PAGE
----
Practical info

  • Basilica visited on April 26, 2010
  • Open daily until 6.30pm
  • Transport: Rome, Metro A, San Giovanni
  • Tour duration: 30 minutes

Photo gallery

The Basilica of St John Lateran

Saint-Jean-de-Latran, basilique majeure de Rome

Basilica apse

Abside basilique Saint-Jean-de-Latran

Painting in St. John Lateran

Peinture basilique Saint-Jean-de-Latran

” The pediment of the Basilica of St John Lateran reads “omnium urbis et orbis ecclesiarum mater et caput”, mother and head of all the churches in the city and the world. “

The door on the left just before the transept leads to the cloister and its small museum. Built between 1215 and 1223 by the master cosmate Pietro Vassalletto and his son, it is made up of twisted columns and features a mosaic frieze on the garden side. Elements from the original basilica, including perhaps an old example of a papal throne, decorate the walls.

Leaving the building through the side door in the right transept, you reach the Piazza San Giovanni in Laterano, with the city’s oldest and tallest Egyptian obelisk opposite. To the left is the Baptistery, and to the right the Lateran Palace. The double brick arch on the other side of the square is part of the aqueduct that fed Nero’s Domus Aurea.

From the Baptistery to the Lateran Palace

As you cross the street, you’ll enjoy an excellent view of the entire Lateran. The side façade of the basilica features a porch surmounted by a loggia, designed by Domenico Fontana in 1586. The two 13th-century bell towers can be seen above.

The Constantinian-era baptistry (Battistero) was built on an earlier structure belonging to an imperial residence. In the early days of Christianity, only the pope could baptize new believers, and the ceremony took place here, usually at Easter.

Although it has been remodeled several times, the building has retained its 4th-century octagonal shape. Inside, eight porphyry columns support an entablature on which rest eight white marble columns. The central baptismal font is in green basalt. The 17th-century frescoes on the walls depict episodes from Constantine’s life, while the medallions show views of Roman churches associated with the emperor.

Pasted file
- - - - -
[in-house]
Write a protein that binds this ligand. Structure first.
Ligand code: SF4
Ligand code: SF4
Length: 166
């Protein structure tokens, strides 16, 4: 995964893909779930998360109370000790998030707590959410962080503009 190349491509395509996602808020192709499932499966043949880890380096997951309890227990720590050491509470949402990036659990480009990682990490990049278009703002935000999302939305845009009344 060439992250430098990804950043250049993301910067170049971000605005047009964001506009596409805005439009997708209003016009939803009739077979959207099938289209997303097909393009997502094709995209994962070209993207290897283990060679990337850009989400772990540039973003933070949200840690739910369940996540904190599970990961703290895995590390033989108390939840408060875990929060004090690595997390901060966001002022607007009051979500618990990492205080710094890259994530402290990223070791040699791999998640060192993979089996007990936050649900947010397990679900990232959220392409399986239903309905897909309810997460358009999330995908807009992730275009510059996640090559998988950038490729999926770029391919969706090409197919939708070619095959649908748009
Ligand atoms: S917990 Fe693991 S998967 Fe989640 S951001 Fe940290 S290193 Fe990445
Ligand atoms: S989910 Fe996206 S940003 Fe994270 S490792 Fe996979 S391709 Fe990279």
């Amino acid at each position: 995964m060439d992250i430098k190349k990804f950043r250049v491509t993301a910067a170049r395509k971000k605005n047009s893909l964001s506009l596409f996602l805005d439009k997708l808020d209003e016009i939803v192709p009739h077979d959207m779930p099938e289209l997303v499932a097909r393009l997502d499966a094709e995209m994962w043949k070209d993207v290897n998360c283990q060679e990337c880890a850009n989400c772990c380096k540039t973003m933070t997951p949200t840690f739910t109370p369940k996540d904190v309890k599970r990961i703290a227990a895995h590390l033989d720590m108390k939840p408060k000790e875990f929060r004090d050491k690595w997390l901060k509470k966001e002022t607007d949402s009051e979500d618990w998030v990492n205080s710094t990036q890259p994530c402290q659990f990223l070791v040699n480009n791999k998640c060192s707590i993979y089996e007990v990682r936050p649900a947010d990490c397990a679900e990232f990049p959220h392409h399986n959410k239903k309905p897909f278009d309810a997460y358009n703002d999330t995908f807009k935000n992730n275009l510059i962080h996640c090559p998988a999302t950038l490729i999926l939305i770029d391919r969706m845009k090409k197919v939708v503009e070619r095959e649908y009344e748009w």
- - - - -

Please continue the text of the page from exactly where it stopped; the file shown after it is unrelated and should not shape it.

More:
The Capella di San Venanzio boasts admirable 7th-century Byzantine mosaics, partly concealed by the altar. The most remarkable, however, are in the chapel opposite the door (Cappella delle Sante Ruffina e Seconda), which until the 12th century was the narthex of the baptistery. Their antique motifs – acanthus or vine leaves on a blue background – testify to the absence of a specifically Christian iconography in the 5th century.

The Lateran Palace (Palazzo Lateranense), the work of Domenico Fontana, replaced the former papal residence ravaged by fire in 1586. The architect preserved the pontiffs’ private chapel (Santa Sanctorum), transferring it to a building across the street. Because of its numerous relics, this sanctuary was considered in the Middle Ages to be the Holy of Holies, following the example of Jerusalem.

Renovated in the 13th century, it’s a marvel of cosmatesque art that you can unfortunately only admire through grilles. Above the altar is an icon of Christ known as an acherotipa, because it was not painted by human hands: St. Luke is said to have begun the work, but an angel completed it. On the walls, 13th-century frescoes were uncovered and carefully restored a few years ago. Medieval art historians consider them a priceless discovery.

The Holy Staircase (Scala Santa), taken from Pontius Pilate’s palace in Jerusalem, is said to have been climbed by Jesus. Its 28 wood-covered marble steps lead up to the Sancta Sanctorum. Even today, the faithful climb them on their knees as a form of penance, but there are side staircases for the less fervent.

Plan de la basilique Saint-Jean-de-Latran

Vue générale 360°

Galerie Photos

La nef et l’autel papal

La nef et l'autel papal de la basilique